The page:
"Confront the dark parts of yourself and work to banish them with illumination and forgiveness.  Your willingness to wrestle with your demons will cause your angels to sing."                August Wilson

Up close and personal
with our Self Love artists

Give yourself a Valentine this February.  Practice "self love," defined as caring about oneself and taking responsibility for oneself.

Monica Kennedy, Irene Reece, Elle Cox, Samiria Percival, Bert Bertonaschi, Fulden Sara Wissinger, Rebecca Baffour, Melba Lee, Lauren Cross and LaTonia Allen, the ten artists in our current exhibition, did.

Here are statements from five of the artists (more in later issues) who mined their struggles with illness, unemployment, loneliness, disappointment and/or self-esteem to express these emotions with their art.

Irene Reece, who was diagnosed with a tumor on her pituitary gland at age 20, chronicled her experience of the pain, the fear, the alteration to her life, the extensive treatment and the eventual announcement that she was tumor free with a time-lapse video and a journal of the struggle. 

ED Michelle Barnes, left, admires Melba Lee's three exhibit collages.

Melba Lee  discovered the limitless possibilities of handmade paper after a period of unemployment.  For over 15 years, she has created, through her art, many women, mothers, grandmothers, daughters, sisters and friends. "Each new work is a different image with its own voice," she explained.  "I am in awe that personality can come from pieces of paper. My work has enabled me to connect with other women who have the passion to express themselves and share a piece of themselves with the world." 

Wissinger's "Turkish Tortillas" and "Cappodocia" earthernware pieces.
Fulden Sara Wissinger  found herself gravitating to clay. For her, clay most directly captures fluid energy while requiring patient methodical manipulation. Her pieces mix elements from past experience.  Ten years of graphic design background tends to produce focus on crisp geometry, which mingles with the Arabesque fluidity of "Turkish Calligraphy/Arabic Calligraphy" and her mixed heritage Balkan and Turkmen roots.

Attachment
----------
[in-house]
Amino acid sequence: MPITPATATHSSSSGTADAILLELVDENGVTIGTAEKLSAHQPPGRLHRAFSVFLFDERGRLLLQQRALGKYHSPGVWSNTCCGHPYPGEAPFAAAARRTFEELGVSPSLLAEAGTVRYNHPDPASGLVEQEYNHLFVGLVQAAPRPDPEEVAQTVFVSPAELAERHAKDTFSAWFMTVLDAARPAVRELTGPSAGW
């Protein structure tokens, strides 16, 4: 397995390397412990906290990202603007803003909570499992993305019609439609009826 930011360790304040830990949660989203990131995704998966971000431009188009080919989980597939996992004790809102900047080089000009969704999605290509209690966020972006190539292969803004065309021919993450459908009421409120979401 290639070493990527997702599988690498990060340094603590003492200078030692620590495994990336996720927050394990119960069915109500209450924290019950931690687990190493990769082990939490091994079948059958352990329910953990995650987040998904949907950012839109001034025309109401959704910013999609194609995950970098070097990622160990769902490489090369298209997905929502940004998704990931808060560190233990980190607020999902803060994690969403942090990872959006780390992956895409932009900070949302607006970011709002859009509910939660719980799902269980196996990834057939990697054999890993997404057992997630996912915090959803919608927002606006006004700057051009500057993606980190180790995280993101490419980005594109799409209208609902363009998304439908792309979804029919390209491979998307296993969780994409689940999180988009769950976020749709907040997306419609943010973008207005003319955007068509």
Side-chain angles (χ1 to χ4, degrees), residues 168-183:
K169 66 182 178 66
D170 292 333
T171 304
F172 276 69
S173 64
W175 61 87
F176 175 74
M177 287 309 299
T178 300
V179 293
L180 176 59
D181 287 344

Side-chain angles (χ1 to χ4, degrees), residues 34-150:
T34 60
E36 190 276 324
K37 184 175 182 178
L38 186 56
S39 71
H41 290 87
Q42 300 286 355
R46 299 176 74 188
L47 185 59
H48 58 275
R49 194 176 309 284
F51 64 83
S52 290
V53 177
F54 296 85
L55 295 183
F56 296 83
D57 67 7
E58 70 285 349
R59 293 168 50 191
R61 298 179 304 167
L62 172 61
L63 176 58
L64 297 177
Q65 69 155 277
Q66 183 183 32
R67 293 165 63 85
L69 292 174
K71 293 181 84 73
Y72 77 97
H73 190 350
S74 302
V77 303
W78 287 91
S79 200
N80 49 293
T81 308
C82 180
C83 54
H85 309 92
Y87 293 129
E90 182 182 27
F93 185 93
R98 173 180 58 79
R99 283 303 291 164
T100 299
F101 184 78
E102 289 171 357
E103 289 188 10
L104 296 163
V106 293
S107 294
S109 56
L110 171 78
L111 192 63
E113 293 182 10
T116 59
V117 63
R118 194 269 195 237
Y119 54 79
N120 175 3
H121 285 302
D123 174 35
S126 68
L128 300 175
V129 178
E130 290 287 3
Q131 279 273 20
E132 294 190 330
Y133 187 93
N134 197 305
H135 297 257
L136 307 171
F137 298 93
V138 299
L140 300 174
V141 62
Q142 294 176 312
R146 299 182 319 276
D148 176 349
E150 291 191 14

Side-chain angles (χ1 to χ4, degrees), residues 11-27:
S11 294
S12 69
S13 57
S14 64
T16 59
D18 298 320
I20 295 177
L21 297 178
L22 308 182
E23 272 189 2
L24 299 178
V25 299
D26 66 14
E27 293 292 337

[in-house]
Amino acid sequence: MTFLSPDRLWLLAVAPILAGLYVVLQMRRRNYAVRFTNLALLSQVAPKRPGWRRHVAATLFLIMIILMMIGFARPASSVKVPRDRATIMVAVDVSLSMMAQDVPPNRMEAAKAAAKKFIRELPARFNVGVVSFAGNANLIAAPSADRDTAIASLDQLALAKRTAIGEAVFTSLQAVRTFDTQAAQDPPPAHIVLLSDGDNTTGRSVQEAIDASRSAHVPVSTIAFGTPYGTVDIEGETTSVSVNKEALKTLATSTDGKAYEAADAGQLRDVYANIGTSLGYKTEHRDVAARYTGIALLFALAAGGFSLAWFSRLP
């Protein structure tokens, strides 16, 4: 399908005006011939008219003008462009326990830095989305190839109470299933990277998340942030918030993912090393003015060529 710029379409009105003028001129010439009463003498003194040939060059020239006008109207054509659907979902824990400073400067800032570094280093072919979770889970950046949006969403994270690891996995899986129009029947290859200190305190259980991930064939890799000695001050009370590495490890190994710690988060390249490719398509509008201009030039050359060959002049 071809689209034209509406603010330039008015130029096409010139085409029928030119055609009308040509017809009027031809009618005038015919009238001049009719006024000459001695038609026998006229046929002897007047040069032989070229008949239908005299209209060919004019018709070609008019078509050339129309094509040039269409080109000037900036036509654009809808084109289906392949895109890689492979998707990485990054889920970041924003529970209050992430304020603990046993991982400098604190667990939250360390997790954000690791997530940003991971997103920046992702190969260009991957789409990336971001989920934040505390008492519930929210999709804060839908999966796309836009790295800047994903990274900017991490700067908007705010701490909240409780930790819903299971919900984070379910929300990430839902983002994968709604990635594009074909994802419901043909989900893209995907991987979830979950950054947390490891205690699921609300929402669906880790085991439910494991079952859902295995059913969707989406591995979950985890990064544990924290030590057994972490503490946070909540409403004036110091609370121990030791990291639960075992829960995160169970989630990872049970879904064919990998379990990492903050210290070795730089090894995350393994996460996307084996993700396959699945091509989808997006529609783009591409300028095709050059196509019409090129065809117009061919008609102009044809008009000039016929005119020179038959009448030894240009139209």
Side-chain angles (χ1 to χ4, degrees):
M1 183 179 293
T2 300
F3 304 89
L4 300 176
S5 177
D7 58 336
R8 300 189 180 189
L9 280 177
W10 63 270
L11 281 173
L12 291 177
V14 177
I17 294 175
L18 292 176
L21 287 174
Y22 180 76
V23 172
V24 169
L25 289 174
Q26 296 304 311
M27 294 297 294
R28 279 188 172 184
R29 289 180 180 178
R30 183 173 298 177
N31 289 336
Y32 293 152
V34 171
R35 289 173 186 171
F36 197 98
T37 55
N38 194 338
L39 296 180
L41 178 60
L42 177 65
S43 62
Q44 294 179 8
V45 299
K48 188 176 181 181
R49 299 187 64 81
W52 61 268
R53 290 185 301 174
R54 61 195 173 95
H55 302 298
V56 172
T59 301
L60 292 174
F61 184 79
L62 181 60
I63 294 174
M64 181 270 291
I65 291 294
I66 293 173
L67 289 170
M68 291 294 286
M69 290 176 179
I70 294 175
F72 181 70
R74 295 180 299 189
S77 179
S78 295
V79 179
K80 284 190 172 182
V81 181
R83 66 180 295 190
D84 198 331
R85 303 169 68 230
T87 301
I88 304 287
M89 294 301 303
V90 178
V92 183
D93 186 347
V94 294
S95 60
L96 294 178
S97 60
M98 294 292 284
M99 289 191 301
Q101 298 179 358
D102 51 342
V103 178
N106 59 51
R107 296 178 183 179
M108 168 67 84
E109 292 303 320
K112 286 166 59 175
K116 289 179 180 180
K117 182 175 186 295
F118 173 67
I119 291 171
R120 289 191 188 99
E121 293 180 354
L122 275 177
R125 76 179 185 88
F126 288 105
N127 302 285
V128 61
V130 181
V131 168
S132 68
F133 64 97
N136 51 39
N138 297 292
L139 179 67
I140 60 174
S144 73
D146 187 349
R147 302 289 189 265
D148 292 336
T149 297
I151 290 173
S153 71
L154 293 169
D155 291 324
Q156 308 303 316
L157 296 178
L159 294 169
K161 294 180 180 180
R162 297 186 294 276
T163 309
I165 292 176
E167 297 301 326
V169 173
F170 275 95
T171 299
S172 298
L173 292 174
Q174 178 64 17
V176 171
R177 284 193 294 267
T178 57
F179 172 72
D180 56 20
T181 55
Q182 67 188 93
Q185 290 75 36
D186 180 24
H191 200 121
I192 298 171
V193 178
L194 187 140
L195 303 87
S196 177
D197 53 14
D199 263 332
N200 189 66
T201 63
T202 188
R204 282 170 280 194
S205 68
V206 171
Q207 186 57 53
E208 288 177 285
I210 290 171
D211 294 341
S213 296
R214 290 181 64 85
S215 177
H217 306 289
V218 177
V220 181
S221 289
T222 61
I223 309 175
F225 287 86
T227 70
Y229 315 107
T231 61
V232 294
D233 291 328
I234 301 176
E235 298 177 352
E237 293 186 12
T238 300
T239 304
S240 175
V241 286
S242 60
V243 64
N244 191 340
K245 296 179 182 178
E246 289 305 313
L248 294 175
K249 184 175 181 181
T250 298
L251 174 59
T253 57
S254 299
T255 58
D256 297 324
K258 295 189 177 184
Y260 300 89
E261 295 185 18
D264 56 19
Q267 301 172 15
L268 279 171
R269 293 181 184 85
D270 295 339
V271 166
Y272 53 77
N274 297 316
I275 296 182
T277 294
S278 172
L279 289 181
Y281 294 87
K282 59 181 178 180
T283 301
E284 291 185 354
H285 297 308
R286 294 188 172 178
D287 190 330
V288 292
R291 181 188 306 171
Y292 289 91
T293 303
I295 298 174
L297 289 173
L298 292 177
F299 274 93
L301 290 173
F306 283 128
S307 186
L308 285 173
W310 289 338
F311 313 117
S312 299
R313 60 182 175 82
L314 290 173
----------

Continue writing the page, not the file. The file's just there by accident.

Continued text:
HSPVA student Elle Cox discusses her video "Hoodoo Cleansing"
and "And It Is Hard to Change" digital prints.

Elle Cox  describes "Hoodoo Cleansing" as "a rebirth of myself and a cleansing of the negative energy that arises around the Black community. My photo piece is a representation of the objectivity against Black women and the battle between violence and sensuality, the oppressor and the oppressed, demanding change and remaining stagnant. Both of these were created by falling back in love with myself and the Black community, whilst searching for a common voice within us all. Using myself as the subject, I found that voice to create pieces that insisted on change."

Monica Kennedy, center, explains the making of her three digital prints,
"Disconnected,"  "Renounce" and "Expectant."

Monica Kennedy's  artwork takes the viewer from one emotion to another as they experience the work. "My process is really driven by my want to create and express myself; I am often influenced by the media and my past life experiences." 

(Next month:  LaTonia Allen, Rebecca Baffour, Bert Bertonaschi, Lauren Cross and Samiria Percival)

The exhibition continues through April 29.

Peter Hoyt Brown is going to

The Collective's
30th Anniversary Birthday Bash! 
April 15, 2017

He will receive the Lester Marks Patron of the Year Award for his support of the visual arts.

We're celebrating 30 years of service to the Houston Arts Community, and you're invited to party with us at

Deborah Colton Gallery
2445 North Blvd., Houston, Texas, 77098

6 to 9 p.m.

More details to come!

The Art Throbs, Bishop Black, left, and Rick Blaze

Hip Hop duo Blaze X Black
bring back that "old thang" 

By Holly Charles

Downtown Houston's Leon Lounge throbs with bass as I approach the intimate venue for the night's performers, Houston Press Reader's Choice Award Winner, band and Hip-Hop duo Blaze X Black (pronounced Blaze and Black).  The dimly lit bar bustles with the hipster chic, backpacker bunch, all contentedly packed in and around the bar.
The crowd grows even more dense, though, as I follow the sound of a live band, riling the 30 Something crowd into a nostalgic frenzy with a brief interlude of Jay Z & Pharrell's classic "I Just Wanna Love You (Give It 2 Me)."  Seamlessly, and just as quickly as the audience throws their hands up in submission, Blaze X Black hydroplanes into another set of unfamiliar, yet strangely familiar songs. They are familiar and welcome because they're thick with the lyricism of 90s Hip Hop, the conviction of artistic soul and, the main ingredient - showmanship. 
Blaze X Black & The Art Throbs (their colorful band a la The Legendary Roots Crew) rock back and forth, run into the crowd, stand on furniture, get lost in the music, and quite frankly, dance like no one is watching, despite the fact that all eyes are upon them.  Read more


The Collective's After-School Program at
the School for Accelerated Learning



Workshops and demonstrations  are offered at The Collective,
4101 San Jacinto, Suite 116, on Thursdays
from 11 a.m. until 3 p.m. and Fridays from 1 to 3 p.m.

The Community Artists' Collective invites you to learn about and to
work on textiles, including quilting, knitting, crochet and embroidering. 
Please join us. 

Supplies provided. Suggested donation is $30 per month.


Community Artists' Collective